Yes it is possible to derive an
ought from an
is. Arthur Prior first pointed out the fact that the
naturalistic fallacy wasn't a fallacy in a book called "Logic and the Basis of Ethics" which is from the 30s or 40s.
Here's an example:
(1) He is a sea-captain.
(2) Therefore, he should do whatever a sea-captain should do.
(2) clearly follows from (1), and yet (1) is a descriptive claim, and (2) a normative one.
Two things to note about this example. First, the concept
sea-captain is a functional concept. There is something that sea-captains do, and it is perfectly objective whether some sea-captain is doing a good job as captain.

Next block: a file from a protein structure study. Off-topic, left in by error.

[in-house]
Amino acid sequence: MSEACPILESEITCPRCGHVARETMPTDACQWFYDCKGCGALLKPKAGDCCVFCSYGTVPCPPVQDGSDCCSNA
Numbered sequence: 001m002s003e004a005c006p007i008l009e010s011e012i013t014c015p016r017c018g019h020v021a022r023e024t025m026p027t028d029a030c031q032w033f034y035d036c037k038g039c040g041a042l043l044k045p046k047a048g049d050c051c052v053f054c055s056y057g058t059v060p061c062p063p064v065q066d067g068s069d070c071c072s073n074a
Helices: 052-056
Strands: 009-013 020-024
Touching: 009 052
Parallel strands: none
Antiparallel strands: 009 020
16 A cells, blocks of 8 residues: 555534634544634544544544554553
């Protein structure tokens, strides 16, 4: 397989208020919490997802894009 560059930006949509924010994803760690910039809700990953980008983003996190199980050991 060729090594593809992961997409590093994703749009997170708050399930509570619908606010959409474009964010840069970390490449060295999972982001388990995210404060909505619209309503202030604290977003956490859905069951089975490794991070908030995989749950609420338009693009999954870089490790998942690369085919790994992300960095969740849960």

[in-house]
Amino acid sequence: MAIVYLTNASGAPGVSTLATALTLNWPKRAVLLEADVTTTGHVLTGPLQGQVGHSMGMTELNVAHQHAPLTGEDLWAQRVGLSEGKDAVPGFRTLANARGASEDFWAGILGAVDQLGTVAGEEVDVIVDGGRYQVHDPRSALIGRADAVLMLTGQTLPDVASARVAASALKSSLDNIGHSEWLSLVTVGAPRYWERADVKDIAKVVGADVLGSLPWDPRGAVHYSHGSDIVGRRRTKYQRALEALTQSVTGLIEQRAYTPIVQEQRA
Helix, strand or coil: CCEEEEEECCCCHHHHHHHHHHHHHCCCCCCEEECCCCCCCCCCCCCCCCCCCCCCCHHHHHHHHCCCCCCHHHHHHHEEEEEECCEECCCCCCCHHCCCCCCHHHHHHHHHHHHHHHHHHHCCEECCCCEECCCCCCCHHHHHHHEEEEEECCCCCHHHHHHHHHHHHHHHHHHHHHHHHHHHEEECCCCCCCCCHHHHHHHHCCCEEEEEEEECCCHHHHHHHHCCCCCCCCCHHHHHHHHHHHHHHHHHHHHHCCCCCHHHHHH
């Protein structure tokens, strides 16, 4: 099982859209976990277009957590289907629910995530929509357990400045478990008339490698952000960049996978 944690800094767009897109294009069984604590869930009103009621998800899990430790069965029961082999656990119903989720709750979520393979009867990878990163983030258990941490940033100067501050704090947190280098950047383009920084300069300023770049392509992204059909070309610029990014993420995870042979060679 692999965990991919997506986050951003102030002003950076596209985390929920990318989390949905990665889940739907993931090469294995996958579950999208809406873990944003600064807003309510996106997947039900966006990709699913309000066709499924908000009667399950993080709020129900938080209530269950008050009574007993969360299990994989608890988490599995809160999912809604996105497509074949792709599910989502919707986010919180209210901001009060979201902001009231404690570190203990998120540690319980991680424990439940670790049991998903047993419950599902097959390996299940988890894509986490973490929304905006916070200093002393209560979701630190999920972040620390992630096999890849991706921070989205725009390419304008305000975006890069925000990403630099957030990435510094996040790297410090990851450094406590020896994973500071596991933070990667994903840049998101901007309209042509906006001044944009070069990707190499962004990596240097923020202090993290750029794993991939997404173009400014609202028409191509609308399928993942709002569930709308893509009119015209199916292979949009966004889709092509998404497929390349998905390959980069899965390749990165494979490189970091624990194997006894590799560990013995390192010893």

Second, the fact that the inference from (1) to (2) cannot be proven valid in ordinary first-order logic does not imply that that the inference isn't valid. Obviously, it is. Rather, one should simply say that the logic of normative inferences is just vastly, vastly more complicated than the baby logic everyone learns as an undergrad. This won't be surprising to people that have done graduate work in logic, or people who have done work in linguistics. But all the reasons to think that you can't derive an
is from and
ought turn out to just be working with a really impoverished logic. Just because you can't prove the fundamental theorem of calculus with arithmetic doesn't mean it isn't true. It just means you need better tools. The same holds true here.